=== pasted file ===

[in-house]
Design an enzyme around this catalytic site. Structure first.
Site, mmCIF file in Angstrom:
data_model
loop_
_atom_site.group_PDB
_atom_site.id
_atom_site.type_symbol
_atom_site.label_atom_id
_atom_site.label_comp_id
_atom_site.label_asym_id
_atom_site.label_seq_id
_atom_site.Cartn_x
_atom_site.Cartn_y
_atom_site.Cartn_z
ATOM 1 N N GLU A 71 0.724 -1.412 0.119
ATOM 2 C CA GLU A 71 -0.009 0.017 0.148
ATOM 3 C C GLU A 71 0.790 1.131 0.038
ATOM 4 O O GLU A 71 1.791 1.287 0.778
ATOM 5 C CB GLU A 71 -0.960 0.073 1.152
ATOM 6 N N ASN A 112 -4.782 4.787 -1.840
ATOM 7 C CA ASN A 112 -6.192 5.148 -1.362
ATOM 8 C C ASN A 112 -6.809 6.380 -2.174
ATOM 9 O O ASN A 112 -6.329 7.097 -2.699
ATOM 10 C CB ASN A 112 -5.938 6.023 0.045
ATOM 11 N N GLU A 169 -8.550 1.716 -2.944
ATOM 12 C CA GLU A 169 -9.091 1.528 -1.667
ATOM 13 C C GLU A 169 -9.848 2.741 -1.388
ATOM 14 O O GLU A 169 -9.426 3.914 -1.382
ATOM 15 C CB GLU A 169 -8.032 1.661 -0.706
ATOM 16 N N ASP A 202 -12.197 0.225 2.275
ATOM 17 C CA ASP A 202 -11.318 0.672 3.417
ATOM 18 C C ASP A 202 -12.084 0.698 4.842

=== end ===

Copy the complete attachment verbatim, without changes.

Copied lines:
[in-house]
Design an enzyme around this catalytic site. Structure first.
Site, mmCIF file in Angstrom:
data_model
loop_
_atom_site.group_PDB
_atom_site.id
_atom_site.type_symbol
_atom_site.label_atom_id
_atom_site.label_comp_id
_atom_site.label_asym_id
_atom_site.label_seq_id
_atom_site.Cartn_x
_atom_site.Cartn_y
_atom_site.Cartn_z
ATOM 1 N N GLU A 71 0.724 -1.412 0.119
ATOM 2 C CA GLU A 71 -0.009 0.017 0.148
ATOM 3 C C GLU A 71 0.790 1.131 0.038
ATOM 4 O O GLU A 71 1.791 1.287 0.778
ATOM 5 C CB GLU A 71 -0.960 0.073 1.152
ATOM 6 N N ASN A 112 -4.782 4.787 -1.840
ATOM 7 C CA ASN A 112 -6.192 5.148 -1.362
ATOM 8 C C ASN A 112 -6.809 6.380 -2.174
ATOM 9 O O ASN A 112 -6.329 7.097 -2.699
ATOM 10 C CB ASN A 112 -5.938 6.023 0.045
ATOM 11 N N GLU A 169 -8.550 1.716 -2.944
ATOM 12 C CA GLU A 169 -9.091 1.528 -1.667
ATOM 13 C C GLU A 169 -9.848 2.741 -1.388
ATOM 14 O O GLU A 169 -9.426 3.914 -1.382
ATOM 15 C CB GLU A 169 -8.032 1.661 -0.706
ATOM 16 N N ASP A 202 -12.197 0.225 2.275
ATOM 17 C CA ASP A 202 -11.318 0.672 3.417
ATOM 18 C C ASP A 202 -12.084 0.698 4.842